By Kathleen Kraemer
“I am happy to join with you today in what will go down in history as the greatest demonstration for freedom in the history of our nation,” boomed Jonathan Edmondson, echoing the words of Dr. Martin Luther King Jr. to the crowd gathered on the morning of Jan. 18 at Mattioli Recreation Center.
The record-breaking crowd of nearly 400 students, faculty, staff and community members had gathered at ESU in celebration of King’s 87th birthday and the 19th Annual Dr. Martin Luther King Jr. (MLK) Celebration Breakfast.
The MLK Celebration Breakfast is held every year to honor King and award individuals who embody his principles and beliefs.
One individual who reflects those beliefs is ESU senior Stephon Seawright. During the event, Seawright performed his spoken word poem “I am a Black Man.”
“We are tired of being seen differently,” recited Seawright. “We are tired of being singled out…..Most of all, we are tired of living in a world that tries to make us ashamed of the color of our skin. We are not ashamed of the color of our skin. We are triumphant in its beauty.”
“Yes, I am a black man,” Seawright concluded, “and I am proud of it.”
Seawright’s performance was met with goosebumps and a standing ovation as he introduced the keynote speaker, Joetta Clark Diggs.
Diggs is a four-time Olympian with a 24-year long career as a half-mile runner. She has also become known for her contributions as an author, motivational speaker, businesswoman, and activist for childhood health and fitness.
Her nonprofit organization, The Joetta Clark Diggs Sports Foundation, works with students in grades k-12 to inform them of nutrition, health and obesity.
Diggs said she was honored to be invited to speak at the breakfast.
“I grew up in that time period,” she explained. “It left a definite imprint in my mind seeing him and hearing him speak. I was able to see and touch and feel and be a part of someone who had hope and was change.”
The crowd laughed and cheered as Diggs spoke of patience, perseverance and optimism.
Diggs emphasized the importance of action, encouraging the crowd to “put some work to those words” and to “have a purpose.”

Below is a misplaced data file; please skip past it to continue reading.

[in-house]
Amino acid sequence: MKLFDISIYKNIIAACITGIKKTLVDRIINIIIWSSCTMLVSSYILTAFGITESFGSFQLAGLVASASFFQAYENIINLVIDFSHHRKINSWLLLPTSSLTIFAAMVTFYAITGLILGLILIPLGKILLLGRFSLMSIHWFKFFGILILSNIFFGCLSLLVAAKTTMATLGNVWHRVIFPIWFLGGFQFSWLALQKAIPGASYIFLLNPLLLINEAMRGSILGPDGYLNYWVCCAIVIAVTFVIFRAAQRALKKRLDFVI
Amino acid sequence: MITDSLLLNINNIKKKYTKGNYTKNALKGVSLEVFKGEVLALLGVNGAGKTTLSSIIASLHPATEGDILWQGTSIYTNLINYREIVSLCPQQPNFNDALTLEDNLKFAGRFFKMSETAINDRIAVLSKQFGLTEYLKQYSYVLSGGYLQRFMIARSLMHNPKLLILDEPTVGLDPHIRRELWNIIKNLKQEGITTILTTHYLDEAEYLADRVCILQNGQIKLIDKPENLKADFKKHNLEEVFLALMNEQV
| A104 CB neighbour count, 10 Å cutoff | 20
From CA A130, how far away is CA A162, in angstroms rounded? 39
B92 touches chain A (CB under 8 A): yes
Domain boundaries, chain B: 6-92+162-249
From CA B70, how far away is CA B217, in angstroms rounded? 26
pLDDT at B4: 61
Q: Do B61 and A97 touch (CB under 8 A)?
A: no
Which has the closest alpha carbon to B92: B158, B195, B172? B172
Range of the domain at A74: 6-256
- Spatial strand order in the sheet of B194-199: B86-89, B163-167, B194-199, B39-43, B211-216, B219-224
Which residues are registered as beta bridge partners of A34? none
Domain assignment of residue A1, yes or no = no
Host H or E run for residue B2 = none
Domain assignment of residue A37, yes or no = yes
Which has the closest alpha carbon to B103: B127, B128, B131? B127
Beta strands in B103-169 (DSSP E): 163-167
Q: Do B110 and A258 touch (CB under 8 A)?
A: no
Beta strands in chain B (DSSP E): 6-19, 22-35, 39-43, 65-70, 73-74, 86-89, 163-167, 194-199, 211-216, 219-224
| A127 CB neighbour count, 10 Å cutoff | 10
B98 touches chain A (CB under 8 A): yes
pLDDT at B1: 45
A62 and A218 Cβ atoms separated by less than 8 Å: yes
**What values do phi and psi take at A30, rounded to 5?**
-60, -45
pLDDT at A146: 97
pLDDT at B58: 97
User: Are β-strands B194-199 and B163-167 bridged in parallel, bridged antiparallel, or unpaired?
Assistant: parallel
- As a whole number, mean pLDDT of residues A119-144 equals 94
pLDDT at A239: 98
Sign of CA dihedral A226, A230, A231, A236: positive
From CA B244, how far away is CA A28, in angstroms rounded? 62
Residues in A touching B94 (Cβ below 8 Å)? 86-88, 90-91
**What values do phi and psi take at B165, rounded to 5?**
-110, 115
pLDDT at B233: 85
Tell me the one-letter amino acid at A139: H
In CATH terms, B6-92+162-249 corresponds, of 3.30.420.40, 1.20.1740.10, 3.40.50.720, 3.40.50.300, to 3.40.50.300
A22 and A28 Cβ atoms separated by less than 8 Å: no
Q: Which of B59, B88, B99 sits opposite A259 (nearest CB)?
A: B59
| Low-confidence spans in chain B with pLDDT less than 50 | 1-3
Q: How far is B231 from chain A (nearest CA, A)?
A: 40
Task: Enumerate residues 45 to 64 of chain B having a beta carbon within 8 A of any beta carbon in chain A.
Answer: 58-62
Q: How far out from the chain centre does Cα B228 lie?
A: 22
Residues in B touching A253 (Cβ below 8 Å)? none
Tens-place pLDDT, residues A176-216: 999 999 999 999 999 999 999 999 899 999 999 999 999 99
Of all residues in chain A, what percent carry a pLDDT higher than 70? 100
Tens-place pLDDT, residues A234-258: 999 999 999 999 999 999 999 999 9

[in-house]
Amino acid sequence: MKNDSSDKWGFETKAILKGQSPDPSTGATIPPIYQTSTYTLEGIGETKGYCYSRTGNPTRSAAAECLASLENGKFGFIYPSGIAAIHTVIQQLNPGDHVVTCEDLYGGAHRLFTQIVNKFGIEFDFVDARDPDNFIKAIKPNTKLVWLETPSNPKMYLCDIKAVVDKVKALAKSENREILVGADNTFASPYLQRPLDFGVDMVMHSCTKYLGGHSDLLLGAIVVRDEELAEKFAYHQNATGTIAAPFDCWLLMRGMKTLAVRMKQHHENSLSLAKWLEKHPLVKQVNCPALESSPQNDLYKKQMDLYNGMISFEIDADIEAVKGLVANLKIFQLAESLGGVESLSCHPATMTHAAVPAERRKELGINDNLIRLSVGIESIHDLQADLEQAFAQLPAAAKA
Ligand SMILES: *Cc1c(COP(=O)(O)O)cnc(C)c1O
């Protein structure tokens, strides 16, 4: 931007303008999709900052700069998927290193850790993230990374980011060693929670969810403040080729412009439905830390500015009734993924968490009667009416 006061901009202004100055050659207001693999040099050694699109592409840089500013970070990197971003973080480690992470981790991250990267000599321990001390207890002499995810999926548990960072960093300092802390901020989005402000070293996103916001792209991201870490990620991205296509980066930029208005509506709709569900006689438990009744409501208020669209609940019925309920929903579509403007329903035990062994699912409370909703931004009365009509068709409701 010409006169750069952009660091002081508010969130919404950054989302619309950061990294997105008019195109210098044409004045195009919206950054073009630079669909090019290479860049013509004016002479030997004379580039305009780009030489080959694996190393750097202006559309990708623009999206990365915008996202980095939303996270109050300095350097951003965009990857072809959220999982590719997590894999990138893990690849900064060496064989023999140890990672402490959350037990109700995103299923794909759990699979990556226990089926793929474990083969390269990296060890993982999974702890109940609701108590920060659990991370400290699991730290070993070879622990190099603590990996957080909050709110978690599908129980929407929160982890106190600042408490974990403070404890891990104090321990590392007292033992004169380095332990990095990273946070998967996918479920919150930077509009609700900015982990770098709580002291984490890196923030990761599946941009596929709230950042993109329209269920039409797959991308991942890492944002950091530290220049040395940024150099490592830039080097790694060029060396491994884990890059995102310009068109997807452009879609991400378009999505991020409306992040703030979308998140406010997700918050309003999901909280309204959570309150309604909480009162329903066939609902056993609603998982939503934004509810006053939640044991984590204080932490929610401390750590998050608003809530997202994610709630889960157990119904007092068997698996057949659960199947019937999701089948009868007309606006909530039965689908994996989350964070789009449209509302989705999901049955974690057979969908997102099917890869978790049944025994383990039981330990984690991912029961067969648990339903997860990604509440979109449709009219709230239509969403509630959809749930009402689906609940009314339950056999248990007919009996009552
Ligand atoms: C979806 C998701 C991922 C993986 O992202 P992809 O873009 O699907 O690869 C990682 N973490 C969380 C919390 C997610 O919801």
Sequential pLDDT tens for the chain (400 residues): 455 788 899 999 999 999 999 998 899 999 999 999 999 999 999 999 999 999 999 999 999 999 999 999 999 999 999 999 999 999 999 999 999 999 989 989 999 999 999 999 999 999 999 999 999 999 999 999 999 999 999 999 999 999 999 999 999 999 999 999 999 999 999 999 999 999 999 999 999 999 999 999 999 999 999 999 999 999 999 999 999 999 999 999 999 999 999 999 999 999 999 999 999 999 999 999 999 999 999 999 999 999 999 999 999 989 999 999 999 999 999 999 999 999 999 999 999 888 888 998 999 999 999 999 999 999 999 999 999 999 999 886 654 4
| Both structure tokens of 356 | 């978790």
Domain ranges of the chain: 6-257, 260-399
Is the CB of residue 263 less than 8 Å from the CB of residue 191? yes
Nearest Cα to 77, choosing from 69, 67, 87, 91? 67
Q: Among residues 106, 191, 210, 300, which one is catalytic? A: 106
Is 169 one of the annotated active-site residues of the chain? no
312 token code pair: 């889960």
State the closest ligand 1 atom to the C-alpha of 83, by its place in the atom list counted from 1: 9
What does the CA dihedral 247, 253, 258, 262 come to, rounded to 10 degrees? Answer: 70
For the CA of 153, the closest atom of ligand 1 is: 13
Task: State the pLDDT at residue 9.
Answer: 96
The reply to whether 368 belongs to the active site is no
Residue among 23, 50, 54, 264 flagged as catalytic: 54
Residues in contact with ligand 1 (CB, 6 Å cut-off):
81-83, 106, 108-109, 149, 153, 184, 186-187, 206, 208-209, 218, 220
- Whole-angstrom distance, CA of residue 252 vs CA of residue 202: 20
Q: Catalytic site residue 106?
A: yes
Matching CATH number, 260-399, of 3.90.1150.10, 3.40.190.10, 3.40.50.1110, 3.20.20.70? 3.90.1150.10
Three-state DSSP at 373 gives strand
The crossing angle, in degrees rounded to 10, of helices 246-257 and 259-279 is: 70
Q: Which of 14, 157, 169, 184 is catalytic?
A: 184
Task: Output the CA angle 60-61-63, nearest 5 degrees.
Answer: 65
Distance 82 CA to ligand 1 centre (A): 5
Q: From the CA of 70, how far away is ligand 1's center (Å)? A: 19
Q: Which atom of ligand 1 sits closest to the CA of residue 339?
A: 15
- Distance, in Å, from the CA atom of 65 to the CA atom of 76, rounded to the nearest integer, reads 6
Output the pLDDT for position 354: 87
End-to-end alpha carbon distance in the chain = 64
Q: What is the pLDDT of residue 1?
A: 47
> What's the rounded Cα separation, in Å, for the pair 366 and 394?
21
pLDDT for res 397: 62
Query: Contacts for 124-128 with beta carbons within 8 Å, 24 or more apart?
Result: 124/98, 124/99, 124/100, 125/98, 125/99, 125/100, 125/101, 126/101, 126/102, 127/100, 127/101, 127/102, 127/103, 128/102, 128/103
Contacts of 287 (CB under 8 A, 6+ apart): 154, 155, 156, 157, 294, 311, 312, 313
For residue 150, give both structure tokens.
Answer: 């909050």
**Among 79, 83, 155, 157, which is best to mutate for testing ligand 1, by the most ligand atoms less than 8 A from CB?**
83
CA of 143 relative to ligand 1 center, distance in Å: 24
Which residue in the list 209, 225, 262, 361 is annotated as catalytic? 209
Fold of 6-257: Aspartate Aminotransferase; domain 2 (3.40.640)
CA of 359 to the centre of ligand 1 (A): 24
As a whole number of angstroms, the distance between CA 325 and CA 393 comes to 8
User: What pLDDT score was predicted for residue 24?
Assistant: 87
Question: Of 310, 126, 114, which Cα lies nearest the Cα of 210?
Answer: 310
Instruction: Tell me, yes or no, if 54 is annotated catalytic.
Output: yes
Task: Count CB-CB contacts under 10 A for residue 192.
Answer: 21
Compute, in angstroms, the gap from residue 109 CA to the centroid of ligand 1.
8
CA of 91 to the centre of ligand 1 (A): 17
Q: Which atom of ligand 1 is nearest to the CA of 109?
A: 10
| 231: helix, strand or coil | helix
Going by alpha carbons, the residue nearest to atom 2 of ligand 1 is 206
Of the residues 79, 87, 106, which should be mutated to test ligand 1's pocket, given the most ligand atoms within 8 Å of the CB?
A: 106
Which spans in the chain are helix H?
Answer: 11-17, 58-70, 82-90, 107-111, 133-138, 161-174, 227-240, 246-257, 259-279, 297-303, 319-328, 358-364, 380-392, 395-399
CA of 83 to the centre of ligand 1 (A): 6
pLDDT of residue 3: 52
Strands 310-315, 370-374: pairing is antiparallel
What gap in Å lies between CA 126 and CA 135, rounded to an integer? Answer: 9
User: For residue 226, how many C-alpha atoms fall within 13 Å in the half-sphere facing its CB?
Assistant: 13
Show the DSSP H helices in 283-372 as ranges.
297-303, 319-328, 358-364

On the topic of patience, Diggs explained that we should never stop trying.
“What lies behind us and what lies before us [are] tiny matters compared to what lies within you,” she said.
Following Diggs’ speech, Clavertis Miller took the stage to recognize the winners of the Gertrude Mary Smith Boddie Scholarship.
In 1904, Boddie was the first African American student to graduate from East Stroudsburg State Normal School, now known as ESU.
Boddie’s scholarship is awarded to three individuals every year.
This year’s winners were Janet Sue Jin Ro, junior nursing major; Layla Irby, sophomore hotel restaurant and tourism management and Spanish major; and Shaneequah Saraiyah Monique Zigler, junior social work major.
The next award presented was the Julianna V. Bolt Art Award. Bolt became an accountant for the East Stroudsburg University Foundation in 1994, and quickly developed a love for the school. Unfortunately, Bolt was stricken with Multiple Sclerosis.
This memorial scholarship is an art contest with three winners. The first-place artwork is used the following year for the cover of the MLK Breakfast Celebration program.
There were 60 submissions for the art award this year. First place winner was Kirsten McCorquodale, a student at Stroudsburg High School. Ellis Rowland, also a Stroudsburg student, placed second. Rachel Bezenyon of Pleasant Valley followed in third.
The final award of the morning was the Dr. Martin Luther King Jr. (MLK) Award. This award recognizes individuals who “exemplify Dr. King’s philosophy of non-violence, equality, justice, cultural diversity and respect for humanity.”
The MLK Award is given to four individuals: One ESU student, one staff member, one faculty member and one member of the community.
“It is still very surreal [to have won],” said Drew Johnson, Student Senate president and winner of the student MLK Award.
“I have a knack for helping others and speaking up for those who feel silenced. As I reflect, I would be remiss if I didn’t associate Dr. King with those traits. He, along with a few other prominent black public figures (looking at you Obama), provided me with a toolkit that is proven to positively influence the masses.”
“There is room for you to make a difference here it’s simply a matter of how much work you put in.” said Johnson, echoing the sentiments of both King and Diggs.
Sharone Glasco, director of workforce development at ESU, received the staff award. Dr. Alberto Cardelle, dean of the College of Health Sciences was awarded the faculty award. Sharon Laverdure, East Stroudsburg Area School District Superintendent, received the community member MLK Award.
The morning concluded with a performance by ESU’s Voices of Triumph Praise Team.
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